Facebook Twitter YouTube  
Contact Us
Search Health Information
Home > Search Health Information
Print

Search Health Information

Wellness Library

Search Health Information   

Ocular Histoplasmosis Syndrome

Ocular histoplasmosis syndrome (OHS) is a disease that can cause vision loss. This sheet tells you more about this condition. It also describes diagnosis and treatment of OHS.

Understanding OHS

Cross section of eye viewed from front and slightly to side. Iris is colored part of eye with clear cornea covering it. Lens is behind iris. Macula is on center of back wall inside eye. Dark histo spots surround macula.
Cross-section of the eye showing histo spots and a macula damaged by OHS.

Scientists believe that OHS is caused by Histoplasma capsulatum (H. capsulatum). This fungus is found in the dust and soil in parts of the U.S. (mostly the Mississippi­–Ohio River Valley area). If breathed into the lungs, the fungus can cause histoplasmosis. This is typically a mild condition with flu-like symptoms or no symptoms at all. The condition often goes away without treatment. But it is thought that once in the body, H. capsulatum can also affect the eyes. This is OHS.

OHS causes inflammation in the choroid. This is the layer of blood vessels in the retina (the light-sensing layer of tissue at the back of the eye). The inflammation leaves scars called “histo spots.” As OHS progresses, abnormal blood vessels can grow at the histo spots. These blood vessels form lesions called choroidal neovascularization (CNV). If the CNV lesions leak blood and fluid into the macula (the center part of the retina that plays a key role in clear vision), vision can be distorted. More seriously, if the lesions occur in the macula, vision loss can result. If OHS occurs in one eye, it may later occur in the other eye.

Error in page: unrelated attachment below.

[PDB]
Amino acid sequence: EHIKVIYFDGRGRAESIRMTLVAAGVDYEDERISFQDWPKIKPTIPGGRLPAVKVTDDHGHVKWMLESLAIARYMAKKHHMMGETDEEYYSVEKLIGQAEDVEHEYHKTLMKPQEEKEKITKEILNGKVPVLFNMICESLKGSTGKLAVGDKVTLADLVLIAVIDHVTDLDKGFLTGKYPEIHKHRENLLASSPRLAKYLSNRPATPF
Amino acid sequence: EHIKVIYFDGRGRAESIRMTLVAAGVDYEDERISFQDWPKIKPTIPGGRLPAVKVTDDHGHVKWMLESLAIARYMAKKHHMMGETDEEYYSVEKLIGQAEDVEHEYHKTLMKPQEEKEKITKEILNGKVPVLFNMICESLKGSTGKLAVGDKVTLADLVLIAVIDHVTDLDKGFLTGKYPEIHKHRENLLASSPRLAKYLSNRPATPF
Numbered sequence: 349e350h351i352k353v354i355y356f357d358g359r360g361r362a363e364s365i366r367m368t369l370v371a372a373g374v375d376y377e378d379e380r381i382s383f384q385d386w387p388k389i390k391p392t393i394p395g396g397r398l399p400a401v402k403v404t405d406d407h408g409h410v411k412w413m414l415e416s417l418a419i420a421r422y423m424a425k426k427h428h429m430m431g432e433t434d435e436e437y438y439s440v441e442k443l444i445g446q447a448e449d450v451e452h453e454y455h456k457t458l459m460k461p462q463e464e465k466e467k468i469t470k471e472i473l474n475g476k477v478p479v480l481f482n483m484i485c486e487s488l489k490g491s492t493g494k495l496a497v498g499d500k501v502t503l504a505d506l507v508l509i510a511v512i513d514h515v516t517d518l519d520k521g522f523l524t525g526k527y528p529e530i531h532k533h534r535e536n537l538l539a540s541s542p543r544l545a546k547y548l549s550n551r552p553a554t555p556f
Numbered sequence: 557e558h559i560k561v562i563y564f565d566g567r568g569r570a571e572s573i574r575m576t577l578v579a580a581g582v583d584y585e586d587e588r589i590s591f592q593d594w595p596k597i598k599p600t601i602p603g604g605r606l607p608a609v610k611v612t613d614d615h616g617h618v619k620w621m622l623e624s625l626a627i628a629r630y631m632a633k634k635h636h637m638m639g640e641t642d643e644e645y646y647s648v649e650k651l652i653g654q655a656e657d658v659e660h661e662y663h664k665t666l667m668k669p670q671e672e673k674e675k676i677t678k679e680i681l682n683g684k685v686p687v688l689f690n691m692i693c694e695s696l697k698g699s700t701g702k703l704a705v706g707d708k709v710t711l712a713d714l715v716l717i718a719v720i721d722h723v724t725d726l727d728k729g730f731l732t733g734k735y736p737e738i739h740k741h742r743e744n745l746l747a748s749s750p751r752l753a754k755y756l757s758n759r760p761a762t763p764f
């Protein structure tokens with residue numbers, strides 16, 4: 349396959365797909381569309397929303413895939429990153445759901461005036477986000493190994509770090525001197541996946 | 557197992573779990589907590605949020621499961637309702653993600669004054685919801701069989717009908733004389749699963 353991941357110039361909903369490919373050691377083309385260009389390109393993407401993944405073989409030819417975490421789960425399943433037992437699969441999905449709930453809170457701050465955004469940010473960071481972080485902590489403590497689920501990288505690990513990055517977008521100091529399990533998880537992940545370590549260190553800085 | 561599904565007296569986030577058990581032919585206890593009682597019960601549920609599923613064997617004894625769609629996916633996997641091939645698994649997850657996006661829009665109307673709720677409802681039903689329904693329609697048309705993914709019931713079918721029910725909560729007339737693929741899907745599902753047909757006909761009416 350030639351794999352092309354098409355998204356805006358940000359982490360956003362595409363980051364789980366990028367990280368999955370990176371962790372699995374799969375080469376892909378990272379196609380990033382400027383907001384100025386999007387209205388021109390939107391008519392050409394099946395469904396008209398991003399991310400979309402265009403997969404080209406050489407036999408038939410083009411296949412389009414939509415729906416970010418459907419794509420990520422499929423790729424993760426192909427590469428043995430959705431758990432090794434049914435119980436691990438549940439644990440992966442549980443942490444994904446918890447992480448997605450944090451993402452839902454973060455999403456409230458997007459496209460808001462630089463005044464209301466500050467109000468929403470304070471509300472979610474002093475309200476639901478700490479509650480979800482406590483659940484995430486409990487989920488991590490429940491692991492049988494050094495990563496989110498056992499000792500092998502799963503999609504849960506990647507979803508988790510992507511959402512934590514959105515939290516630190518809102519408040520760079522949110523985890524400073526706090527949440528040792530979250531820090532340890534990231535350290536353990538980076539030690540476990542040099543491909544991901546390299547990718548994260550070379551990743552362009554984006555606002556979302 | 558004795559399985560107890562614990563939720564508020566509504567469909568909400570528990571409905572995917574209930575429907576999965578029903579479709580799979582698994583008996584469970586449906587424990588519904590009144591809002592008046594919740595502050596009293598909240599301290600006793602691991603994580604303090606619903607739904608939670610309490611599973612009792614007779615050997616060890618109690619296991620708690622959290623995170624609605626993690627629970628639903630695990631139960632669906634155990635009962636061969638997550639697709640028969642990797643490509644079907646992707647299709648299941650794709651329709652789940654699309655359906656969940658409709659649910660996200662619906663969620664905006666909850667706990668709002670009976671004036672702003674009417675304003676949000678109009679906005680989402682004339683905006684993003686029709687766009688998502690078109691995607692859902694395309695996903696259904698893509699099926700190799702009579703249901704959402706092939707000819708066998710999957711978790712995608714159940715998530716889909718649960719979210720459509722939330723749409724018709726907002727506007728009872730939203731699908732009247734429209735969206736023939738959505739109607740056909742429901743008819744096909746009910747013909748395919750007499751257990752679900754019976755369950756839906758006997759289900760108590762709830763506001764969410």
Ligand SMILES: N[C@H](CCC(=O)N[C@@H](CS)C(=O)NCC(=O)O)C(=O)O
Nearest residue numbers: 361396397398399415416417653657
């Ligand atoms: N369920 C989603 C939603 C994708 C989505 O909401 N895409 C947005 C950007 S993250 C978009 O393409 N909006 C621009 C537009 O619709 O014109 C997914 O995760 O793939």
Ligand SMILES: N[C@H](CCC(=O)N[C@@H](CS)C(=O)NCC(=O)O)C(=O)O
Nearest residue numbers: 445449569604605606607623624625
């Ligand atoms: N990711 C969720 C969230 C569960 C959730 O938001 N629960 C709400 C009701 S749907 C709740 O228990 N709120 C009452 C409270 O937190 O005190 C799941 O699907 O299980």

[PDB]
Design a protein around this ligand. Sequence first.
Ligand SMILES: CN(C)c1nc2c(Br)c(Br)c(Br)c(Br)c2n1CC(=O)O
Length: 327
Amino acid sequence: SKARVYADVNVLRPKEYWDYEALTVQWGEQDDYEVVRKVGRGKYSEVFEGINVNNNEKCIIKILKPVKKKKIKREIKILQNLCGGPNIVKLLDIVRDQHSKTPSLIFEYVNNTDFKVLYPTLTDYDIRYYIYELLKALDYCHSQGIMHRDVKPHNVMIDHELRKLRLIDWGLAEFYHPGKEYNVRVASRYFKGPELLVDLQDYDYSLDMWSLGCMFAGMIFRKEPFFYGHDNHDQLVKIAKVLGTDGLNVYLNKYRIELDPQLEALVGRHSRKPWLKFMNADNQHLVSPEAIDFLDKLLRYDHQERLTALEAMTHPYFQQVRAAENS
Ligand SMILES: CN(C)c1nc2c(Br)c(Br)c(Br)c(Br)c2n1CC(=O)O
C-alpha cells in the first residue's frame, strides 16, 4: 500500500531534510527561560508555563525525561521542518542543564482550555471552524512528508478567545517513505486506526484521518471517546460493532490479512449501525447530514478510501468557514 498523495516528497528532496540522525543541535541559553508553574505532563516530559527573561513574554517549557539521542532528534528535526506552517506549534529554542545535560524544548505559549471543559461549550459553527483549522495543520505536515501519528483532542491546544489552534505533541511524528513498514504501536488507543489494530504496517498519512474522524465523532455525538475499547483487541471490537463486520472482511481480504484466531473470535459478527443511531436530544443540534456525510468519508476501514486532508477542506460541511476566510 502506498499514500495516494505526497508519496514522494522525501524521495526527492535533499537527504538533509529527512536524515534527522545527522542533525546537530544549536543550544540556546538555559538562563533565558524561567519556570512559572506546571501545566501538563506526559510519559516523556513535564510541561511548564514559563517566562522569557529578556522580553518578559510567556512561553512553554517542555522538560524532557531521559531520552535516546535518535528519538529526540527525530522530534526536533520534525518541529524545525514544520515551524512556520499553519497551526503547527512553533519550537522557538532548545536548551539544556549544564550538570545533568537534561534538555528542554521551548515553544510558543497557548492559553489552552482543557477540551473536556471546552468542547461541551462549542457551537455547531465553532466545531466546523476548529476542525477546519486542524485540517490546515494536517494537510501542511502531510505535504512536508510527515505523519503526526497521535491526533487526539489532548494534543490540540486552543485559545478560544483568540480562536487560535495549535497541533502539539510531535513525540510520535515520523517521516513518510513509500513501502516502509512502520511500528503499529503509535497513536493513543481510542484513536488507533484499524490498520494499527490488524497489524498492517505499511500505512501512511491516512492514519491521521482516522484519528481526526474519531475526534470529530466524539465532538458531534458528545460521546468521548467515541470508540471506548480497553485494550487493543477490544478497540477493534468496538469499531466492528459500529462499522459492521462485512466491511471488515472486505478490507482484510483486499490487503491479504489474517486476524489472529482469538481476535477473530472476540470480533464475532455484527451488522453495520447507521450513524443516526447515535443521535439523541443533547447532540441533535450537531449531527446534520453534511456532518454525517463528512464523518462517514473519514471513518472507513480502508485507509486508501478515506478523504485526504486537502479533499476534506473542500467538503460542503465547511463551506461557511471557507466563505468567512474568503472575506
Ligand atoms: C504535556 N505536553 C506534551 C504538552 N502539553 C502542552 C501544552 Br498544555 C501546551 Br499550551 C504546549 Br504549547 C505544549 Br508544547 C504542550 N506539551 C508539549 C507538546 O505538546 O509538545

Risk Factors for OHS

Anyone who has had histoplasmosis is at risk of OHS. But very few people develop OHS.

Signs and Symptoms of OHS

Early cases often have no symptoms. But as the disease progresses, an eye doctor may find histo spots during an eye exam. And a patient may notice vision changes such as:

  • A blind spot in the eye

  • Straight lines appearing crooked or wavy

Diagnosis of OHS

An eye doctor can check for OHS. Your pupils (the dark circles in the centers of your eyes) will be dilated (enlarged) with special drops. Your eyes will then be examined. Fluorescein angiography may also be done. With this test, a special dye (fluorescein) is injected into a vein in your arm. The dye travels to your retina. The dye allows the doctor to check blood flow to the retina. This helps the doctor see any histo spots.

Treatment of OHS

If the macula is not affected, OHS does not need treatment. When the macula is affected, there are two types of treatment:

  • Photocoagulation. With this surgery, a special laser destroys the abnormal blood vessels in the retina. This procedure can only help protect against future loss of vision. It cannot repair vision loss that has already occurred.

  • Medications. These limit abnormal blood vessel growth. The eye is numbed and then injected with medications. These injections need to be repeated every 4 to 12 weeks. The frequency depends on the type of medication used. Your doctor can tell you more about this treatment.

Checking for Macular Damage

Your eye doctor may suggest that you use an Amsler grid. This can be helpful for patients who have already had laser surgery, as well as those with histo spots but no vision loss. An Amsler grid is a simple lined grid with a dot in the middle. Looking at it can help you check for signs of damage to the macula. If damage has occurred, the lines of the grid may look curved, or a blank spot may seem to appear. Your eye doctor can tell you more about the Amsler grid.

© 2000-2011 Krames StayWell, 780 Township Line Road, Yardley, PA 19067. All rights reserved. This information is not intended as a substitute for professional medical care. Always follow your healthcare professional's instructions.